analyzing the digitized images to recognize blobs due to hot areas within the digitized images and extract features of the blobs;
in successive images of the observed area, matching blobs and determining points of inflection of a predetermined measure of the blobs representing change of the blob feature as a function of time;
using differences between adjacent points of inflection to determine a likelihood of flame parameter value;
comparing the flame parameter value to a threshold value and setting a flame detection signal if the threshold is exceeded.
18. The method of claim 17 further comprising the steps of updating the parameter value for successive digital image representations, comparing the updated parameter value to the threshold value, and setting the flame detection signal if the threshold is exceeded.
19. The method of claim 17 wherein the predetermined measure is an A/B ratio of the number of pixels in a blob to the number of pixels in the smallest upright rectangle which includes every pixel in the blob.
20. The method of claim 19 wherein the step of using temporal changes in said parameter includes using differences in the A/B ratio values between points of inflection and a frame difference value representing the number of image frames between those points of inflection as data values for determining whether a blob indicates a flame or a false alarm.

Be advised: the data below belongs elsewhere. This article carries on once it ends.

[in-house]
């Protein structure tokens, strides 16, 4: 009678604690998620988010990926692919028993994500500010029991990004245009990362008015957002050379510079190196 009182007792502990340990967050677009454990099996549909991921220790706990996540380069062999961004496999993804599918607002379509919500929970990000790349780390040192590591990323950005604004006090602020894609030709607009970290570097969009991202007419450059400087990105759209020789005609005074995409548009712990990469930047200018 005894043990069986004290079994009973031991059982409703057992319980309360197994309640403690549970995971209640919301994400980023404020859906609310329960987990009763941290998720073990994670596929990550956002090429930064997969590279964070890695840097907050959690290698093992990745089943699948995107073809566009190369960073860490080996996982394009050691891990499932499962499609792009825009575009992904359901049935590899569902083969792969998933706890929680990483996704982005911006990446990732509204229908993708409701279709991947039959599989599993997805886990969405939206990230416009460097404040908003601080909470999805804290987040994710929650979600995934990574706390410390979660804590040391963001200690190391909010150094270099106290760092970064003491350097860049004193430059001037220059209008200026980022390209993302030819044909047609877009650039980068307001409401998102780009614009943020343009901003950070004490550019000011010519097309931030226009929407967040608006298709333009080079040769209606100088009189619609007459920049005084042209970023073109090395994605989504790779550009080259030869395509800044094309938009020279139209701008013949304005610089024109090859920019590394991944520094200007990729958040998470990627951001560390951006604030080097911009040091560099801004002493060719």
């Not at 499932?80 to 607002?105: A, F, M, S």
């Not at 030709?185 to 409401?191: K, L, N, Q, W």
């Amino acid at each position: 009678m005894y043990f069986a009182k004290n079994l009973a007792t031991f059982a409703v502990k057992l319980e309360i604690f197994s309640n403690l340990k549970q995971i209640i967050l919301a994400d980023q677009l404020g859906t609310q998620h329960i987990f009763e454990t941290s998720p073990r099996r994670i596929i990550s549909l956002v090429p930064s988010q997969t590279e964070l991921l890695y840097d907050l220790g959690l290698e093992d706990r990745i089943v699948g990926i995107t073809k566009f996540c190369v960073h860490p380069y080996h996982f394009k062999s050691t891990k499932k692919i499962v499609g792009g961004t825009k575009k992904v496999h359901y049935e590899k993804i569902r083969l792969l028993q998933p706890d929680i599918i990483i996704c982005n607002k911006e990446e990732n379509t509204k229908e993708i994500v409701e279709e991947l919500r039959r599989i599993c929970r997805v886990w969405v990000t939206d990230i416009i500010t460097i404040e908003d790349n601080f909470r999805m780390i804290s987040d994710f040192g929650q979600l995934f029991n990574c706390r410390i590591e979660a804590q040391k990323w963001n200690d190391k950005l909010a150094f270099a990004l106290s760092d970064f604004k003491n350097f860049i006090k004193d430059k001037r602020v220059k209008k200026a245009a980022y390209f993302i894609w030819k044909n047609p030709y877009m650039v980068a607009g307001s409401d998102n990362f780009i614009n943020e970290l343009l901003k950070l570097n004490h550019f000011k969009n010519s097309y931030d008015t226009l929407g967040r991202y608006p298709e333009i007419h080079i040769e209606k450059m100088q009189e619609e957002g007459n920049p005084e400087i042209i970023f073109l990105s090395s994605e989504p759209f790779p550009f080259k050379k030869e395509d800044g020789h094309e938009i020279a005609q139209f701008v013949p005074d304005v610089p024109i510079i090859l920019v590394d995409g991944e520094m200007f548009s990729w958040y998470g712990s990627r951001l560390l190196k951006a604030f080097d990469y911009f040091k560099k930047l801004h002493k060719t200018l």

21. The method of claim 20 wherein corresponding ones of said A/B ratio difference values and said frame difference value are respectively employed as address values to look up a corresponding database entry having two values, a first database value representing a probability of flame and a second database value representing a probability of false alarm.
22. The method of claim 21 wherein said first database values are predetermined values obtained by processing images of known flame sources, and said second database values are obtained from known false-alarm sources.
23. The method of claim 22 wherein each of said first database values represent the fraction of all flame cases in which the particular A/B ratio difference value and frame difference value was observed, and each of said second database values represent the fraction of all false alarm cases in which the particular A/B difference value and frame difference values are observed.
24. The method of claim 17 wherein the step of analyzing the digitized images includes binarizing each pixel of said digitized images to either a black or a white pixel value.
25. The method of claim 17 wherein the step of analyzing the digitized images includes the steps of processing successive rows of pixels comprising each digitized image to find runs of adjacent white pixels, and comparing runs in adjacent rows of pixels to find overlapping runs to be resolved into blobs.
26. A flame detection system for detecting the presence of flame within an observed area while discriminating against false alarms, comprising:
infrared (IR) camera apparatus sensitive to energy in an infrared spectrum for producing infrared images of the observed area at a predetermined frame rate;
an optical apparatus for directing ambient spectral energy onto the camera apparatus, the optical apparatus including a wide field of view lens and a narrow band optical filter having a narrow passband centered in the near infrared spectrum, so that the spectral energy directed onto the IR camera apparatus is limited in its spectral content to the energy passed by the narrow band filter, thereby improving discrimination against false alarms due to background sources of infrared energy;